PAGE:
Genre: Documentary

Actor: Bob Dylan, Dick Cavett, H. Rap Brown, Harry Belafonte, James Baldwin, Joey Starr, Malcolm X, Marlon Brando, Martin Luther King, Martin Luther King Jr., Paul Weiss, Ray Charles, Robert F. Kennedy, Samuel L. Jackson, Sidney Poitier

Director: Raoul Peck

Rating: PG-13

This is a gorgeous French-Canadian movie with out-of-this-world sound work.

Laurence is deeply in love with his girlfriend, Fred. On his birthday, he announces to her that he wants to restart his life as a woman, having always hated his male body. Fred doesn't know how to take the news: “everything I love about you is everything you hate about yourself”.

Laurence Anyways is about how their romance continues after this revelation. There are so many reasons to watch this movie: the story, the acting, the cinematography; but trust me, the soundtrack alone is reason enough.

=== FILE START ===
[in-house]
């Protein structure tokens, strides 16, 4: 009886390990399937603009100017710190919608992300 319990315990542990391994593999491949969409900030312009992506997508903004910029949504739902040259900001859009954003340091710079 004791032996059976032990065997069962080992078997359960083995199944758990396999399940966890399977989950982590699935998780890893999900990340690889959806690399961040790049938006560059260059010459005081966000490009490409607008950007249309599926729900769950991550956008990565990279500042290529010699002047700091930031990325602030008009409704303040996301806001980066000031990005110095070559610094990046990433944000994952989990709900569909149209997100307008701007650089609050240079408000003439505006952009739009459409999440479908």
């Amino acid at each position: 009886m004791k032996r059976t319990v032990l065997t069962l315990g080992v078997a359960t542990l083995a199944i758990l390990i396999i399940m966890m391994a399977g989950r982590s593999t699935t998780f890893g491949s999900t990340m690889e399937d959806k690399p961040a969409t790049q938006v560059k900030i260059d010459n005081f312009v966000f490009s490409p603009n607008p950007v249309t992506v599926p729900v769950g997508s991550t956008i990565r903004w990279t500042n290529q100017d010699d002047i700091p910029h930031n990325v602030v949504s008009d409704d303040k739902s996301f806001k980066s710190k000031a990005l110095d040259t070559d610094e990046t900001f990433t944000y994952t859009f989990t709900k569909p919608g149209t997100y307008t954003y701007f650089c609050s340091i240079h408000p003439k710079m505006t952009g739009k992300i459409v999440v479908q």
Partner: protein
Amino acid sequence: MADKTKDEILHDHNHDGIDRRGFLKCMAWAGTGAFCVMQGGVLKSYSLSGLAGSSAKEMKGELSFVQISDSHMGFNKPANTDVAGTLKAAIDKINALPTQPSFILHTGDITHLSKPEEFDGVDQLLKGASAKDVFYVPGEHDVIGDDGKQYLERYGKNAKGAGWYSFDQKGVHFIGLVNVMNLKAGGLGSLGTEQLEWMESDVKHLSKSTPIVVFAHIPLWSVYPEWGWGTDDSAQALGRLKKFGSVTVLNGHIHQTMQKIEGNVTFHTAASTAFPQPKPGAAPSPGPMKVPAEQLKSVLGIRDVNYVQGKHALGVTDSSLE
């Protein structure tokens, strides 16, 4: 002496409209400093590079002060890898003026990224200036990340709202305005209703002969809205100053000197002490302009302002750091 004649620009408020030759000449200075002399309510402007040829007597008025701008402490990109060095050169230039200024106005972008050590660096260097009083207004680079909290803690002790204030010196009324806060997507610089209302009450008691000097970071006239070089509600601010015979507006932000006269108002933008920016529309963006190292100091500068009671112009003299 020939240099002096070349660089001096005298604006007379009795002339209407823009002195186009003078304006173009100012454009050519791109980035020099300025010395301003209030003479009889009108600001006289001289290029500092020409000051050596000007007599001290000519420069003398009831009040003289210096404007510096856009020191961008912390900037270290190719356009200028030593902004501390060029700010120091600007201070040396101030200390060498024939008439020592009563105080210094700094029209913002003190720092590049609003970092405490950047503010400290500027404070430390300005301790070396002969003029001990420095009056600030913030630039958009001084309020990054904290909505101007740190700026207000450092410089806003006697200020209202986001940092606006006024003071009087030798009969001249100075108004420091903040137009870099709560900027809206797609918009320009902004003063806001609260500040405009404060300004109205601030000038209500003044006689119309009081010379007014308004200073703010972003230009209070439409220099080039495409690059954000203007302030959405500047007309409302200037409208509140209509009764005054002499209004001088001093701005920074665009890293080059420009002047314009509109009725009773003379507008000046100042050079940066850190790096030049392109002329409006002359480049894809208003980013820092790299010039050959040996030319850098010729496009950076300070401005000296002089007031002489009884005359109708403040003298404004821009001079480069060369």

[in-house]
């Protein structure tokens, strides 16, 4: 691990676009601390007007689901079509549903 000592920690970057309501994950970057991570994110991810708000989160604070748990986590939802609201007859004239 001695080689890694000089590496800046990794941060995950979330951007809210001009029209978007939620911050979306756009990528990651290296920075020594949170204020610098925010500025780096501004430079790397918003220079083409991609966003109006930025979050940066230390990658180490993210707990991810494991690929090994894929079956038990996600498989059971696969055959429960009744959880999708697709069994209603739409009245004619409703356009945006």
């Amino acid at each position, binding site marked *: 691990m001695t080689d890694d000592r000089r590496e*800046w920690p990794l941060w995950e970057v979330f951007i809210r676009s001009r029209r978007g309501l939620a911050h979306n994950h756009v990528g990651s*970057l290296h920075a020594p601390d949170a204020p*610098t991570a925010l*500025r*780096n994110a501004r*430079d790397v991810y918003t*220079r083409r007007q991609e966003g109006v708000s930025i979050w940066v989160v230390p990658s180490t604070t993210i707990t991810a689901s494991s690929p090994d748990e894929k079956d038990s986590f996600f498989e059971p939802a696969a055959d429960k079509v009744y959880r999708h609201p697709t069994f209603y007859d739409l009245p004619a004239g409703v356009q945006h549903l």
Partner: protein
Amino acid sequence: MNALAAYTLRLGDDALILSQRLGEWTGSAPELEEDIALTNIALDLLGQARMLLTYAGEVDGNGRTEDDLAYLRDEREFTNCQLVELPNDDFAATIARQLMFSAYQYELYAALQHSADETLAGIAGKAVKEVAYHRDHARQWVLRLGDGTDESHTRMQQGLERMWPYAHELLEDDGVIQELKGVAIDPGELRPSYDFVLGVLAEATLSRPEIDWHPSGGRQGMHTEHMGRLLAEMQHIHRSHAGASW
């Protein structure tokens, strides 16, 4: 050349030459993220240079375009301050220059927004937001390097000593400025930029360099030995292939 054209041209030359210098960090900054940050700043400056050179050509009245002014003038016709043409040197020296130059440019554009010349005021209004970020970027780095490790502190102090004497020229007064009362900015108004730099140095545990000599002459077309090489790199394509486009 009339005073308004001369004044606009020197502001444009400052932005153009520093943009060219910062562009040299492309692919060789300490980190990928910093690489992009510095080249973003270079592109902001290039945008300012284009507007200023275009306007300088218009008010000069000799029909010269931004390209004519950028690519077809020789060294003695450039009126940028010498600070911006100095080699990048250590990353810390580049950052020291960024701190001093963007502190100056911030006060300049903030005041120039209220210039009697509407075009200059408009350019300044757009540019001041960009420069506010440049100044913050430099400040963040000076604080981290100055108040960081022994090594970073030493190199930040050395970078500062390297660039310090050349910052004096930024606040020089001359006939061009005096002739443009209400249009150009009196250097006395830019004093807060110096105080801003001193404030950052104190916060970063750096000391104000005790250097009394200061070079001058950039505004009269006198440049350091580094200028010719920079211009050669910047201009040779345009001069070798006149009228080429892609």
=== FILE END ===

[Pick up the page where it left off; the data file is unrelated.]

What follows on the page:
Genre: Drama, Romance

Actor: Alexandre Goyette, Anne Dorval, Anne-Élisabeth Bossé, Antoine-Olivier Pilon, Bronwen Mantel, Catherine Bégin, David Savard, Denise Filiatrault, Denys Paris, Emily Hampshire, Emmanuel Schwartz, Éric Bruneau, François Sasseville, Gilles Renaud, Jacob Tierney, Jacques Lavallée, Magalie Lepine Blondeau, Manuel Tadros, Melvil Poupaud, Monia Chokri, Monique Spaziani, Mylène Jampanoï, Nathalie Baye, Patrice Coquereau, Patricia Tulasne, Perrette Souplex, Pierre Chagnon, Sophie Faucher, Susan Almgren, Suzanne Clément, Vincent Davy, Violette Chauveau, Xavier Dolan, Yves Jacques

Director: Xavier Dolan

Rating: Not Rated